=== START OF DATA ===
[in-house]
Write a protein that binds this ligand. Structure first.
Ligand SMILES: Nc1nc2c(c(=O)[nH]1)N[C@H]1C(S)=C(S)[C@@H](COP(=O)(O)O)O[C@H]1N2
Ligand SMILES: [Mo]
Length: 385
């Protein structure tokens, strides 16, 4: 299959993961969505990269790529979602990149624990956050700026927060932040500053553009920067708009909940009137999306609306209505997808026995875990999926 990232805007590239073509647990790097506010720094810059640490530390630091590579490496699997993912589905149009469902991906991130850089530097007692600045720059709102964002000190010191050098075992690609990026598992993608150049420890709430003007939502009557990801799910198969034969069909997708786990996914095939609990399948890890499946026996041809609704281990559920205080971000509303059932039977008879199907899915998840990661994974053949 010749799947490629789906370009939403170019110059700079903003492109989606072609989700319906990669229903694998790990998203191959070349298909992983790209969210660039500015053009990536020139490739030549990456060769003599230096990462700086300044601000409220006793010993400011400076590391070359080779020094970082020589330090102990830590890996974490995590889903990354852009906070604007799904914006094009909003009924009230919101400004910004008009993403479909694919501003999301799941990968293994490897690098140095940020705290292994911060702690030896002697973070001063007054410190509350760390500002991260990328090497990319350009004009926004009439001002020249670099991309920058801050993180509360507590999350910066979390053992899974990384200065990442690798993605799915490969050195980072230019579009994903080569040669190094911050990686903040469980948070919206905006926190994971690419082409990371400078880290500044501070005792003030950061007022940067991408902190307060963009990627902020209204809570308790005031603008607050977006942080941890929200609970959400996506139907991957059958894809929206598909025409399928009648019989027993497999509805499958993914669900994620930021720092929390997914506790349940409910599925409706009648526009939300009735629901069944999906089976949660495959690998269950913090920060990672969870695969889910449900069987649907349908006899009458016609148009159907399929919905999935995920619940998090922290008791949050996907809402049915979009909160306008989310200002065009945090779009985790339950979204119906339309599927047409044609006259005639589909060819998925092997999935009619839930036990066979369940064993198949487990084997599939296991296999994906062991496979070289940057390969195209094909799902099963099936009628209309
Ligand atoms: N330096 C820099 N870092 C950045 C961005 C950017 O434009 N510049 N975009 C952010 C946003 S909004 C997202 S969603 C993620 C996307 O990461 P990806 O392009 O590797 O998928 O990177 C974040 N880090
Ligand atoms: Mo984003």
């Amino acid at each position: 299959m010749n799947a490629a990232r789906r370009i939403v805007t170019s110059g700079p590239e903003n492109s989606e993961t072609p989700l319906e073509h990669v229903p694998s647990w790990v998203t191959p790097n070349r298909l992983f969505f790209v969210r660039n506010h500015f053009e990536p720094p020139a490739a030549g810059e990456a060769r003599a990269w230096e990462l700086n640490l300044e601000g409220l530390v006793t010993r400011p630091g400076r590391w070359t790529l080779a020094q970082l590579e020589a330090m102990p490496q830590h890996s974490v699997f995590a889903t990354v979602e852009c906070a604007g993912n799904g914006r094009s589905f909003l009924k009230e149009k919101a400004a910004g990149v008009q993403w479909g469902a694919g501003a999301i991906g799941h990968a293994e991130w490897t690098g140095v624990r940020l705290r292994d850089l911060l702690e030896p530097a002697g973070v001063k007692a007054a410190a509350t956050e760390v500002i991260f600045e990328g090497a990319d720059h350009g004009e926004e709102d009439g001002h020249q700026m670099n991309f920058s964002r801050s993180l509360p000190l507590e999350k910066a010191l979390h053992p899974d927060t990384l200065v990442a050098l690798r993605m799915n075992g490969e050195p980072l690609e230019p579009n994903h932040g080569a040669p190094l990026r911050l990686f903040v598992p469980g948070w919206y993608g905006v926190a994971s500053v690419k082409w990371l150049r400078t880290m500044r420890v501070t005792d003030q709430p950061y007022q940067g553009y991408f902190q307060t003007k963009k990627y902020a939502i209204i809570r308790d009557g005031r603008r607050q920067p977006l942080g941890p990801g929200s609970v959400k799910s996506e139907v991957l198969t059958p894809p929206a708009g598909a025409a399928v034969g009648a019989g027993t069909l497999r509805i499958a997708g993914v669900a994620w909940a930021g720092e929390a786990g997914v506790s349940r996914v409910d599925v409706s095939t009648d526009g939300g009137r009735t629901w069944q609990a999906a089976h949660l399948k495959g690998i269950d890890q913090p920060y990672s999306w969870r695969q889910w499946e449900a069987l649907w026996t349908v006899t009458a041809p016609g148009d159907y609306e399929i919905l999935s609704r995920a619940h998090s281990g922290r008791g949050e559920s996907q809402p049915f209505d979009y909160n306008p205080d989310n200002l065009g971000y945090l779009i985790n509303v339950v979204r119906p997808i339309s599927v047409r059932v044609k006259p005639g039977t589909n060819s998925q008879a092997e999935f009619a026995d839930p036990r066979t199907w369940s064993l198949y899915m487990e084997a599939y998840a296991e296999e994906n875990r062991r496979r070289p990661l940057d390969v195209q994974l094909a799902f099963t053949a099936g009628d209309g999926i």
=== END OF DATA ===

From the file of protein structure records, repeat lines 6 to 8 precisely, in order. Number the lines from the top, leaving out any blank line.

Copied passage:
């Protein structure tokens, strides 16, 4: 299959993961969505990269790529979602990149624990956050700026927060932040500053553009920067708009909940009137999306609306209505997808026995875990999926 990232805007590239073509647990790097506010720094810059640490530390630091590579490496699997993912589905149009469902991906991130850089530097007692600045720059709102964002000190010191050098075992690609990026598992993608150049420890709430003007939502009557990801799910198969034969069909997708786990996914095939609990399948890890499946026996041809609704281990559920205080971000509303059932039977008879199907899915998840990661994974053949 010749799947490629789906370009939403170019110059700079903003492109989606072609989700319906990669229903694998790990998203191959070349298909992983790209969210660039500015053009990536020139490739030549990456060769003599230096990462700086300044601000409220006793010993400011400076590391070359080779020094970082020589330090102990830590890996974490995590889903990354852009906070604007799904914006094009909003009924009230919101400004910004008009993403479909694919501003999301799941990968293994490897690098140095940020705290292994911060702690030896002697973070001063007054410190509350760390500002991260990328090497990319350009004009926004009439001002020249670099991309920058801050993180509360507590999350910066979390053992899974990384200065990442690798993605799915490969050195980072230019579009994903080569040669190094911050990686903040469980948070919206905006926190994971690419082409990371400078880290500044501070005792003030950061007022940067991408902190307060963009990627902020209204809570308790005031603008607050977006942080941890929200609970959400996506139907991957059958894809929206598909025409399928009648019989027993497999509805499958993914669900994620930021720092929390997914506790349940409910599925409706009648526009939300009735629901069944999906089976949660495959690998269950913090920060990672969870695969889910449900069987649907349908006899009458016609148009159907399929919905999935995920619940998090922290008791949050996907809402049915979009909160306008989310200002065009945090779009985790339950979204119906339309599927047409044609006259005639589909060819998925092997999935009619839930036990066979369940064993198949487990084997599939296991296999994906062991496979070289940057390969195209094909799902099963099936009628209309
Ligand atoms: N330096 C820099 N870092 C950045 C961005 C950017 O434009 N510049 N975009 C952010 C946003 S909004 C997202 S969603 C993620 C996307 O990461 P990806 O392009 O590797 O998928 O990177 C974040 N880090
Ligand atoms: Mo984003």